Mary Ball
Response to A condition of rest. by Igor Amelkovich Moderator Note: After a few edits and deletions, just a reminder that discussions about POW policy or PN policy belong in the Help and Feedback Forum. Again, please read the guidelines.. ;-) Thanks.

Tony Dummett
Response to A condition of rest. by Igor Amelkovich Scott Eaton's comment (way) above was interesting in it's pondering whether a police line was just out of camera. I think that was a spot-on observation. This is a photograph of a female body near a lake. There is no indication that the body is meant to be alive. In fact, when you think about it, what's a nude female body doing resting on a cold, lifeless rock near a chilly-looking lake with brooding clouds? That's gotta be an unusual place for a girl to go for a lie down. And an unusual time for her to do it.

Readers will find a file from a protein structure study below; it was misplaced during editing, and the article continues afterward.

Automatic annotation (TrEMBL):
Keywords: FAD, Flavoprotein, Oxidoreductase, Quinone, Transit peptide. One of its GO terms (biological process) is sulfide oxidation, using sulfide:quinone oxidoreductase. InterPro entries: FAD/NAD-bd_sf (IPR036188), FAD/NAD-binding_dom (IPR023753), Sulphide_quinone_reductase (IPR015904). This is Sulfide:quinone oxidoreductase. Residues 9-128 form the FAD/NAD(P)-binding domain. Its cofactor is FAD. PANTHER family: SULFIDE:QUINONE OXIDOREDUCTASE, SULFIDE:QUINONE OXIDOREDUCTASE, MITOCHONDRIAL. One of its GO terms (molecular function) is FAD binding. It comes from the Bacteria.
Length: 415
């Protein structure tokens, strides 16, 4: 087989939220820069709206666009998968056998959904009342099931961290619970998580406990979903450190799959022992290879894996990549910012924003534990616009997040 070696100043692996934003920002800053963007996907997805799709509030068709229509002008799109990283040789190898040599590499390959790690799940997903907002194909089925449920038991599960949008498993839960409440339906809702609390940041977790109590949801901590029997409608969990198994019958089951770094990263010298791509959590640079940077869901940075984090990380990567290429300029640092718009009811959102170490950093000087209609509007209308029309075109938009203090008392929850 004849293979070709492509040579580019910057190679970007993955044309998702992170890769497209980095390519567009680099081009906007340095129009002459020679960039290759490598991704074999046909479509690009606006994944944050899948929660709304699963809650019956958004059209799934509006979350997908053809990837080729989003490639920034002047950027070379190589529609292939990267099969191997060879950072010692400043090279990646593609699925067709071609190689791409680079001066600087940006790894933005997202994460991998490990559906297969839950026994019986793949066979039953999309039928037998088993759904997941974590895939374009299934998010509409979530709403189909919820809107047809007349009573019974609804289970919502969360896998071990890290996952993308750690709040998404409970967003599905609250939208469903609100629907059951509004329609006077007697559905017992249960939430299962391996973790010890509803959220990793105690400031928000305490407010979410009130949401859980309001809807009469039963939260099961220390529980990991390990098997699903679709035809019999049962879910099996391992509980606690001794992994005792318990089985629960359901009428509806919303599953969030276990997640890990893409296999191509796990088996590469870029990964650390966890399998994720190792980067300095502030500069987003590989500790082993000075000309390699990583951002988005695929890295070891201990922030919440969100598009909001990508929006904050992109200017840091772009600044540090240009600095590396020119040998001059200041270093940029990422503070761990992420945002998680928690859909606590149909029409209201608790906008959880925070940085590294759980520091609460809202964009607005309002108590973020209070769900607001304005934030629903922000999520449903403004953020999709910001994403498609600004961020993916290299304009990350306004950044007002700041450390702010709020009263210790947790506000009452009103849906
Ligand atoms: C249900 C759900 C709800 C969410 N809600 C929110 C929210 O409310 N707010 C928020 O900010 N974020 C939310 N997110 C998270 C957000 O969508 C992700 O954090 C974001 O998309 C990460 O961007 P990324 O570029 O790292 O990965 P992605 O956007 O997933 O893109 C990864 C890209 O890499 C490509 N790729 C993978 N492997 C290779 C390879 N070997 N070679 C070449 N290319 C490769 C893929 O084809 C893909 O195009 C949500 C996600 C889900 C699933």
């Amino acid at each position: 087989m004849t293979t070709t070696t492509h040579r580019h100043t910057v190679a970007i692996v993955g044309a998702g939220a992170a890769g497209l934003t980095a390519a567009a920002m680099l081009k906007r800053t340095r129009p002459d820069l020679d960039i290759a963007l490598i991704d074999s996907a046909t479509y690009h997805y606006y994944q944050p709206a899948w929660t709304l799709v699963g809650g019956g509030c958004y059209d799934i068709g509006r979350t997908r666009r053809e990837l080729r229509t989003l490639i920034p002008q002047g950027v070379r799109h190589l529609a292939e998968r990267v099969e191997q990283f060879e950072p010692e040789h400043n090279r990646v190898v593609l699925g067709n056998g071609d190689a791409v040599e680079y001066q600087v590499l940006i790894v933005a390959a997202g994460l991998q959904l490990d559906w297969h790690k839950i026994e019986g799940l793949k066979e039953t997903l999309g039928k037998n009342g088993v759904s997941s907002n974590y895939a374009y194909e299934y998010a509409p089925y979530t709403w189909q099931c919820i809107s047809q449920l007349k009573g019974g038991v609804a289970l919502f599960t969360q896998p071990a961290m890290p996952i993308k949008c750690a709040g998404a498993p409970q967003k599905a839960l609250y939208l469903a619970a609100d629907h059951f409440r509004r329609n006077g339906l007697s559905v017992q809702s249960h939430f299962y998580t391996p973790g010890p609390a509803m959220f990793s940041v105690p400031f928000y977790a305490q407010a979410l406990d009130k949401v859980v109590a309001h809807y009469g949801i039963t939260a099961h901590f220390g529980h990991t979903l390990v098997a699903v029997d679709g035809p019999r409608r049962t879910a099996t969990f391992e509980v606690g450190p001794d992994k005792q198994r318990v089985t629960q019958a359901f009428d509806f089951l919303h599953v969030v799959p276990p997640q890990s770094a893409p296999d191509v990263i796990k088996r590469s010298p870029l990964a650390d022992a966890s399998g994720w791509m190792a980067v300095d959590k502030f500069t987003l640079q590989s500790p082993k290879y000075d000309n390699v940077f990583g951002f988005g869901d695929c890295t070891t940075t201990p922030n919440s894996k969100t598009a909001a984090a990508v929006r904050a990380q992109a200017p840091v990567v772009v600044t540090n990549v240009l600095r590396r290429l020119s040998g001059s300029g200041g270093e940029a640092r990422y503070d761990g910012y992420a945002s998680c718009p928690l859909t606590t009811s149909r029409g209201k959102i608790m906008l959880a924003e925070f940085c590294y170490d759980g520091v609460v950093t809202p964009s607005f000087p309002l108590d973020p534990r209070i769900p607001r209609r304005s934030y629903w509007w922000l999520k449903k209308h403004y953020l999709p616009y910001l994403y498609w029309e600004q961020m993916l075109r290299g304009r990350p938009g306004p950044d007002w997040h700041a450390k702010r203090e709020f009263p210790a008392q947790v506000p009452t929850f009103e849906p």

OK, looking at the title of the portfolio this came from ("Nude and Erotic") it may be that Igor's thoughts were more towards the sensual than the criminal. Many of the other 124 (!) pictures of nudeoids in it seem to add support that idea, but on the other hand it's well-established that there's a fine line between the naked female form and forensically engaged sociopathy. In support of this theory, can I point out that Igor provides several shots of naked women strung up, bound, gagged, chained and one or two carrying whips. The locations consist (in a significant number of images) of generally lonely, abandoned-looking derelict warehouse-type situations. In fairness, there might be an innocent explanation: if you're trying to get a gal to get her gear off for the camera, a lonely place is a good choice. This photo - viewed in the context of the prolificly populated portfolio it comes from - seems to me to have an undercurrent of danger and voyeurism to it... almost like the trophy of an evil deed.